The COVID-19 pandemic has meant more of us than ever have been working from home. However, this is a new territory for many, and some employers have been left wondering how productive their staff are whilst working remotely. It may be that some employees are working efficiently and to full capacity, whilst others are not motivated enough or too distracted to do so.
In this regard, some employers have taken to using surveillance apps and programs to monitor productivity. Indeed, providers of such apps and software have reported an unprecedented growth in demand during the pandemic. If an employer wants to know when an employee has logged on, what they are looking at on their screen, if they are focused on the task in hand or spending too long on their coffee break – there is technology for it!
Webcams are being increasingly used in the wake of the ‘stay at home if you can’ requirements due to the sharp increase in virtual meetings. It is even possible to capture regular images of employees via their webcam on an automated basis – but this certainly raises employee privacy concerns and questions around whether it is legal for employers to engage in such activity.
Under Article 8 of the European Convention on Human Rights, everyone is entitled to respect for their private and family life and home. In a recent Workforce Monitoring Podcast by the CIPD, a study found that 73% of workers believe that these technologies could damage trust between workers and employers and around 43% expressed concerns that its introduction would make it easier for their privacy to be violated.
Where employers do engage in a degree of surveillance, employees should normally be informed they’re being monitored in advance and that monitoring should be necessary, justified, proportionate and reflected in relevant policies and procedures. As far as covert surveillance was concerned, this should only be considered in exceptional circumstances where there’s a reasonable suspicion of criminal activity or equivalent malpractice on the part of an employee. Even then, the surveillance should not to go beyond what would be reasonably necessary to protect the business (i.e. it should constitute a proportionate response in the circumstances) and be strictly restricted to a specific investigation as well as time-limited. To get to this point, the employer would need to carry out a Data Protection Impact Assessment which would need to cover:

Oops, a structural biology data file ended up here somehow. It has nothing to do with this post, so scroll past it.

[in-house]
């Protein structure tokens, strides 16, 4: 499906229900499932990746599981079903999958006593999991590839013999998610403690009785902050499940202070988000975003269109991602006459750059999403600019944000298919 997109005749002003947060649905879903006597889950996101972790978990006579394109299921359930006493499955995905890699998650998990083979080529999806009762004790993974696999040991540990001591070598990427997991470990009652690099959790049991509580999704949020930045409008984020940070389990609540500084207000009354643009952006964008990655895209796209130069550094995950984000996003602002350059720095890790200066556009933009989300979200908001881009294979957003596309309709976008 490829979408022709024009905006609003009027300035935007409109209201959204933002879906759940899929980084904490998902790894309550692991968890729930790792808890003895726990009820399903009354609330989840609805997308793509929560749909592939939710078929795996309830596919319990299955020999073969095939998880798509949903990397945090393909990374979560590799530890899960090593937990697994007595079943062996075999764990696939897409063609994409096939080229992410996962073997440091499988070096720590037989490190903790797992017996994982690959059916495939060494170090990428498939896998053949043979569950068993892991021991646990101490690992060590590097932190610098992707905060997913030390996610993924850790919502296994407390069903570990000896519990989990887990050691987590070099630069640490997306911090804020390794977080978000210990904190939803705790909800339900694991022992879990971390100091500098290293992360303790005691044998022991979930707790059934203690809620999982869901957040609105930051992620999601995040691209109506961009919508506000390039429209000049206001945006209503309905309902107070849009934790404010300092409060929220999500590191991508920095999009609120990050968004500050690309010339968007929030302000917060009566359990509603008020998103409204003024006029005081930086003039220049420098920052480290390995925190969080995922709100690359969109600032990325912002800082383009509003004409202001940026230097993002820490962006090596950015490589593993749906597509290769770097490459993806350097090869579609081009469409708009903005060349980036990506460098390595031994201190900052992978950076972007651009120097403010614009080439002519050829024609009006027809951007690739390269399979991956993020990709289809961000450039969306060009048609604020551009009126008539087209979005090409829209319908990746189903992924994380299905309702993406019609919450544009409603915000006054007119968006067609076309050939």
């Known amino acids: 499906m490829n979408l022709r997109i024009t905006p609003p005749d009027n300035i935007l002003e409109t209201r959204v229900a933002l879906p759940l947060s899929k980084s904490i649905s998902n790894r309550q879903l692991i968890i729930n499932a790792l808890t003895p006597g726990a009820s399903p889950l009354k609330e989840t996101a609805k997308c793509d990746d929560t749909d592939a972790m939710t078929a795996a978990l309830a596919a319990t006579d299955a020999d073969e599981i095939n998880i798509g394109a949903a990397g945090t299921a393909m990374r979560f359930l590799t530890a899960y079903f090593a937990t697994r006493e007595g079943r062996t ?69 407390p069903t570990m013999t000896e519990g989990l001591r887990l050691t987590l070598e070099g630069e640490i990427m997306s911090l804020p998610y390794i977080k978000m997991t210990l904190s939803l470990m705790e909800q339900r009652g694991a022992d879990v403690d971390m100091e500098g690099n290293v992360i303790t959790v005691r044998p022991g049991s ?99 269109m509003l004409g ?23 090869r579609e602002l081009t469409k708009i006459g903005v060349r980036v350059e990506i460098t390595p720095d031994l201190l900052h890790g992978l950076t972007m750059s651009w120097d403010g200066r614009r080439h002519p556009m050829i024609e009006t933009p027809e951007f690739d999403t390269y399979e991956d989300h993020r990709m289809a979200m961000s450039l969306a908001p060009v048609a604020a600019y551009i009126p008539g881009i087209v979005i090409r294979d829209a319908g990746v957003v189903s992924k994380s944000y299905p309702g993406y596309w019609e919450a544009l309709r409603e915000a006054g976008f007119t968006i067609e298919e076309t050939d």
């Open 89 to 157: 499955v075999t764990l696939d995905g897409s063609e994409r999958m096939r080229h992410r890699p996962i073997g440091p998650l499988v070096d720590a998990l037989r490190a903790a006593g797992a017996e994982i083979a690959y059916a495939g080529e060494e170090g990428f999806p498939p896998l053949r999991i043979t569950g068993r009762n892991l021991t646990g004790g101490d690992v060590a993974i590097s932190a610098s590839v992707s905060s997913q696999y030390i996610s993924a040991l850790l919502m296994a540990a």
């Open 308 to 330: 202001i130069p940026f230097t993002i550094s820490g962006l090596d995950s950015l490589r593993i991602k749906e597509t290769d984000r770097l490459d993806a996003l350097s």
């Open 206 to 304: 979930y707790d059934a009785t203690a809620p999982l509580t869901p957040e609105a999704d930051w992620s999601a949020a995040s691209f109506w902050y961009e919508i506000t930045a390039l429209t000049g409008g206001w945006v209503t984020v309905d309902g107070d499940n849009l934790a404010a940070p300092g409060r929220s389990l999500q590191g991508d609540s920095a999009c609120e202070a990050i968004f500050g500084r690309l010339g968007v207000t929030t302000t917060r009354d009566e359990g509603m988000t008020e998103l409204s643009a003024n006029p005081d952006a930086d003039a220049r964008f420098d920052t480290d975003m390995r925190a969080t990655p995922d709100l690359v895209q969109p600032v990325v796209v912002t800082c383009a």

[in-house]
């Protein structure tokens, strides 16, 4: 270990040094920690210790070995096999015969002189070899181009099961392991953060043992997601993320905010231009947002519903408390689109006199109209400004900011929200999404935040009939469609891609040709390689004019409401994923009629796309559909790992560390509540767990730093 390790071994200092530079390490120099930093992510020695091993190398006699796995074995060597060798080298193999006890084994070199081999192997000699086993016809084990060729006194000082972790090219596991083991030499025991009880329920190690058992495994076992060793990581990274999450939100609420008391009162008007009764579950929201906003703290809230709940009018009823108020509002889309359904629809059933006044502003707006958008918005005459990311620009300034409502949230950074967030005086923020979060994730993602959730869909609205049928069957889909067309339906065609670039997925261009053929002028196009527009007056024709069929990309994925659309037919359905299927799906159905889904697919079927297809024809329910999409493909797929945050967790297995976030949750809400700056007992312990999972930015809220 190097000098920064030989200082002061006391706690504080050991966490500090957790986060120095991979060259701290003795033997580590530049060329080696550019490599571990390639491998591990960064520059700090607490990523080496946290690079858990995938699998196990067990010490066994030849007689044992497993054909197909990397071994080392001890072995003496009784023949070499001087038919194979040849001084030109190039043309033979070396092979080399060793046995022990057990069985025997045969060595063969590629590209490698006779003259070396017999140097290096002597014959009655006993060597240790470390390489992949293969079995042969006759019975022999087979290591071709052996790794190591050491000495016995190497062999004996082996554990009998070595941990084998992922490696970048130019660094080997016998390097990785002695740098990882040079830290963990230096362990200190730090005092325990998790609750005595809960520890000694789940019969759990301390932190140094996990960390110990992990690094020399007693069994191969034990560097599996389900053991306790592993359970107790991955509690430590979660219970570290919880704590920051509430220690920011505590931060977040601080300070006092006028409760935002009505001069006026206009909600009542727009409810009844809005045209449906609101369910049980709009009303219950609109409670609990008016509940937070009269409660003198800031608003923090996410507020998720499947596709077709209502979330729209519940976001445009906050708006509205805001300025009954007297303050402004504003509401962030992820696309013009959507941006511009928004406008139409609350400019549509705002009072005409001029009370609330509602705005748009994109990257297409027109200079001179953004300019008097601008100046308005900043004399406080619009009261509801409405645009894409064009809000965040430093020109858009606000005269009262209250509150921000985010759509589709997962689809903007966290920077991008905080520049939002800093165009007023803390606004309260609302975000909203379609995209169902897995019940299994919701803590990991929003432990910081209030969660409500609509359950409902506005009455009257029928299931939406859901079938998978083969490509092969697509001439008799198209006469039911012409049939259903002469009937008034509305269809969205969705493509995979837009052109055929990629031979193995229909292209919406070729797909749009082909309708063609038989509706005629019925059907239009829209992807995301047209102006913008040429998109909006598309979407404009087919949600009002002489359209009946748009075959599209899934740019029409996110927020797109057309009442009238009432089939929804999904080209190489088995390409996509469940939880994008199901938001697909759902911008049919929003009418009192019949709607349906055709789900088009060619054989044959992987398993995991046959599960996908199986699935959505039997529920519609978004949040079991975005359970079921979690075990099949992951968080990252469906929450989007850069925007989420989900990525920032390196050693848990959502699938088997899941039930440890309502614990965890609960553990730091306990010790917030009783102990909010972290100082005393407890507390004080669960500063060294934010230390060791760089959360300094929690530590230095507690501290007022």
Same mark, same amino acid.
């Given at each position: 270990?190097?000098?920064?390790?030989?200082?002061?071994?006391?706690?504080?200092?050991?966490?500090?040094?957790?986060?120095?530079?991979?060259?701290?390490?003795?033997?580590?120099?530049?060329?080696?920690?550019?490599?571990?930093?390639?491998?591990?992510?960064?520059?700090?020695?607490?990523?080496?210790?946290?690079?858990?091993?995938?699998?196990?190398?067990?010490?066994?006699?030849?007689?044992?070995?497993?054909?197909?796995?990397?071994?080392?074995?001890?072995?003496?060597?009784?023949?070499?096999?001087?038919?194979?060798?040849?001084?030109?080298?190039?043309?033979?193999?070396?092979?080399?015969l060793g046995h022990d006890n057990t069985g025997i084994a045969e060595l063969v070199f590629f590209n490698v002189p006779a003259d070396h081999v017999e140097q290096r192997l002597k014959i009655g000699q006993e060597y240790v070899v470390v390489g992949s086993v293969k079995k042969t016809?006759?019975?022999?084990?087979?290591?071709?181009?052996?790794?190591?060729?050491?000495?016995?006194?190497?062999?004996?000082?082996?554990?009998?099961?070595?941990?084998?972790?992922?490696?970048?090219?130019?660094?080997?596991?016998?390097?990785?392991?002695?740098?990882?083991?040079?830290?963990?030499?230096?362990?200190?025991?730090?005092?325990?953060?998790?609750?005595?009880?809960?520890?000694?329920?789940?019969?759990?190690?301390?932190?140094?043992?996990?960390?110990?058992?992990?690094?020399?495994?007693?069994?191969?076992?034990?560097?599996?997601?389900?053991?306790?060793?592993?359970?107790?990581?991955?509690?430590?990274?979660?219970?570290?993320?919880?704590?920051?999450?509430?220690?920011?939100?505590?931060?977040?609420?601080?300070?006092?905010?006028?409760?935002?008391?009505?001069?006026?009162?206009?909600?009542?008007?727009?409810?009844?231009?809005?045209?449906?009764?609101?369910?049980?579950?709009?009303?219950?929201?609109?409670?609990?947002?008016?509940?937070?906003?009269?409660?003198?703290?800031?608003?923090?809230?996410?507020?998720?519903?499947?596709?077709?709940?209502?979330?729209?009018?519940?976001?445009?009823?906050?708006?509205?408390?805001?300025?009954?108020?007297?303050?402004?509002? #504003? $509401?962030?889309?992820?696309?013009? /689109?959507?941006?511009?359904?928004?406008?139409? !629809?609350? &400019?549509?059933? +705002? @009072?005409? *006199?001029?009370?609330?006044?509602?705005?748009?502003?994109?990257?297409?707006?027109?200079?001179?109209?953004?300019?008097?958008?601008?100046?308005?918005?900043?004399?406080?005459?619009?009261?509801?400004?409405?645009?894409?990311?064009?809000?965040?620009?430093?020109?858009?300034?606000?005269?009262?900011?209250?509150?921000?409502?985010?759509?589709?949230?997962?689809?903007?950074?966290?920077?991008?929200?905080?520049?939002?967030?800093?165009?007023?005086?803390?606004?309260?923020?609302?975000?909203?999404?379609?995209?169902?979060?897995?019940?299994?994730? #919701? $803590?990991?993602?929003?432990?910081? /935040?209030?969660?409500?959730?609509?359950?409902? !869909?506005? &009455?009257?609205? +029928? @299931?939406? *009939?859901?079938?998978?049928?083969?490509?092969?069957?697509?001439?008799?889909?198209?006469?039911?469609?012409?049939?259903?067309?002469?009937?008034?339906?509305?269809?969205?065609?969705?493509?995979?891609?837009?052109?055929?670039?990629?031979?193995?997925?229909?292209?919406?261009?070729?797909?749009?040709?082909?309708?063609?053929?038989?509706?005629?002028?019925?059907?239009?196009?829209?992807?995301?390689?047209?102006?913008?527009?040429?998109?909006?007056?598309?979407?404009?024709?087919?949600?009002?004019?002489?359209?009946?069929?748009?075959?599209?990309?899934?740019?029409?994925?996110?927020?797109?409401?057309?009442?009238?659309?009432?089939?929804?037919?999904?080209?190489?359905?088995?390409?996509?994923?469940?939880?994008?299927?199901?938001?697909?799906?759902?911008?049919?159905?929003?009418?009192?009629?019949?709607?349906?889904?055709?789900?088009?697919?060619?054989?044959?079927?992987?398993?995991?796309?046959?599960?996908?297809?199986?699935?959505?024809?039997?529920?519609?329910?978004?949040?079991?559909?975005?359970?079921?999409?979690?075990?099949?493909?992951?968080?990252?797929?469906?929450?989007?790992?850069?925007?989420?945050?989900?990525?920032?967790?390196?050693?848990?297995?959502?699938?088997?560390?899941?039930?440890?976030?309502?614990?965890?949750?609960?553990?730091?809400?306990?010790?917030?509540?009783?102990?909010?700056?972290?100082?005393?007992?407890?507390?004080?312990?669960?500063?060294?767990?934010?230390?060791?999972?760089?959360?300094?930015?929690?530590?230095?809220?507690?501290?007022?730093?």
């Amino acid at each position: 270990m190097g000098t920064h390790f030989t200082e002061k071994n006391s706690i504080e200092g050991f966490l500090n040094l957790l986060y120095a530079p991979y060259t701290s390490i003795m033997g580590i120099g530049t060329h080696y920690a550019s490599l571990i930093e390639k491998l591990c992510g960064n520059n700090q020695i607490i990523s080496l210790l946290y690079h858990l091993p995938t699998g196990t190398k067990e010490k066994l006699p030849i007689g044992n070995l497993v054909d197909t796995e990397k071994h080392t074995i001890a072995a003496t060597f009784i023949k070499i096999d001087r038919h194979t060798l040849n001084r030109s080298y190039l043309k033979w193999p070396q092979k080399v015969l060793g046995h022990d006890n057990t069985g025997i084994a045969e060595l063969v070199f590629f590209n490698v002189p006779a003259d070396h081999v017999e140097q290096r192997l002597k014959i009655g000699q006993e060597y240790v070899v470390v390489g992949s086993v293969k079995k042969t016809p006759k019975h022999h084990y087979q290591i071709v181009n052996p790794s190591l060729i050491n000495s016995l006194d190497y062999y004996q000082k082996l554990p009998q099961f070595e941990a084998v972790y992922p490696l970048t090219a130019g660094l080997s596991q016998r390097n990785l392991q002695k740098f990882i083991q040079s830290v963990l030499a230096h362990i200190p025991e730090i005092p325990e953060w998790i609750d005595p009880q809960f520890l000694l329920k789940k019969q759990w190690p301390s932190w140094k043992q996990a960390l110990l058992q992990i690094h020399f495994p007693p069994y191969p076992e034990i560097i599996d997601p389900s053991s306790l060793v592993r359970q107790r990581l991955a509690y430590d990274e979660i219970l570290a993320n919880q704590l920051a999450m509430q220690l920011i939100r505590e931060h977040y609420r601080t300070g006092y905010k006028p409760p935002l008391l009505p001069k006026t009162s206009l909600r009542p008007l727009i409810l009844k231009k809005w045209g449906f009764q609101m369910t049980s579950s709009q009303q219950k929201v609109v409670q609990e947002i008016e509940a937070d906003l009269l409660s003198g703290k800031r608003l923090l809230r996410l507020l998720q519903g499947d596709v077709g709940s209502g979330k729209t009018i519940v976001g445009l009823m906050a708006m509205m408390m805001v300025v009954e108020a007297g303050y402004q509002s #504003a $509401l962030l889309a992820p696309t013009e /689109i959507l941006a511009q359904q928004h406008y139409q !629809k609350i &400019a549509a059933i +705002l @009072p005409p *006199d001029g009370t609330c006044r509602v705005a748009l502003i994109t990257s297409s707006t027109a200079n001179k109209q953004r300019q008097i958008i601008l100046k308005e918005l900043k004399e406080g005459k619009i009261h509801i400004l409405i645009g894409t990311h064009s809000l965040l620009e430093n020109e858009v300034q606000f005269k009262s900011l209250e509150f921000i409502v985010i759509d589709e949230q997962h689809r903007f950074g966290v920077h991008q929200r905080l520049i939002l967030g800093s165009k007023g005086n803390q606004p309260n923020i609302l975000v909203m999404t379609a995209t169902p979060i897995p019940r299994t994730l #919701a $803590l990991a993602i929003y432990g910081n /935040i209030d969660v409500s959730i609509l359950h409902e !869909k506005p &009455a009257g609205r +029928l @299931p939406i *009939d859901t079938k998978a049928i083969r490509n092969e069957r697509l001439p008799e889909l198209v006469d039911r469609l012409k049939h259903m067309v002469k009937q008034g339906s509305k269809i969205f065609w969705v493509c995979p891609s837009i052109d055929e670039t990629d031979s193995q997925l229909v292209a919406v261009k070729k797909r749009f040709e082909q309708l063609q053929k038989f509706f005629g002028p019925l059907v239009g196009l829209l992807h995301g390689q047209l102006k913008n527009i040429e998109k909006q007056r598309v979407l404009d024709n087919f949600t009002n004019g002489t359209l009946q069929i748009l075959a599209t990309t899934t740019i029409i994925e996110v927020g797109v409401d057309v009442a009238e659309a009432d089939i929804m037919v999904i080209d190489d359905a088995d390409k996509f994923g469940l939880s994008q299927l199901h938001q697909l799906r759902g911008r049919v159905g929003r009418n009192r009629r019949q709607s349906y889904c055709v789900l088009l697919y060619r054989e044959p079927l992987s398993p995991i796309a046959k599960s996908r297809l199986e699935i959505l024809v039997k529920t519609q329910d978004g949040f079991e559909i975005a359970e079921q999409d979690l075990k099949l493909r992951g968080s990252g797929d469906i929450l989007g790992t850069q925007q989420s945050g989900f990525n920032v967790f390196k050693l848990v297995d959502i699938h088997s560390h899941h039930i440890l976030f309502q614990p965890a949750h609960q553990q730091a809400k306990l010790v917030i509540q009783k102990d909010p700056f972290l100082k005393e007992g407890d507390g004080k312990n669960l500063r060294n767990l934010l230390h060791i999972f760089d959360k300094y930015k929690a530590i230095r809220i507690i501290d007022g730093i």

- the purpose of the processing;
- a description of the envisaged processing operation(s);
- an assessment of the necessity and proportionality of the data processing activity;
- an assessment of the risks to the privacy rights of the individual(s) affected; and
- the measures envisaged to address the risks identified and demonstrate GDPR compliance.
However, people working remotely are starting to report that they feel their work / life balance is slipping away and that they are working longer hours, often out of a sense of obligation. There isn’t the structure you would find in the workplace, with many sitting at their desk for longer periods and not taking the breaks they normally would in the office environment. There is no commuting to / from the workplace and / or appointments. Rather, it can be back-to-back virtual meetings and a tendency to log on outside normal working hours. With this in mind, it may be more appropriate for employers to be monitoring the mental health of their employees and watching for digital burnout instead of slacking, skiving and shirking.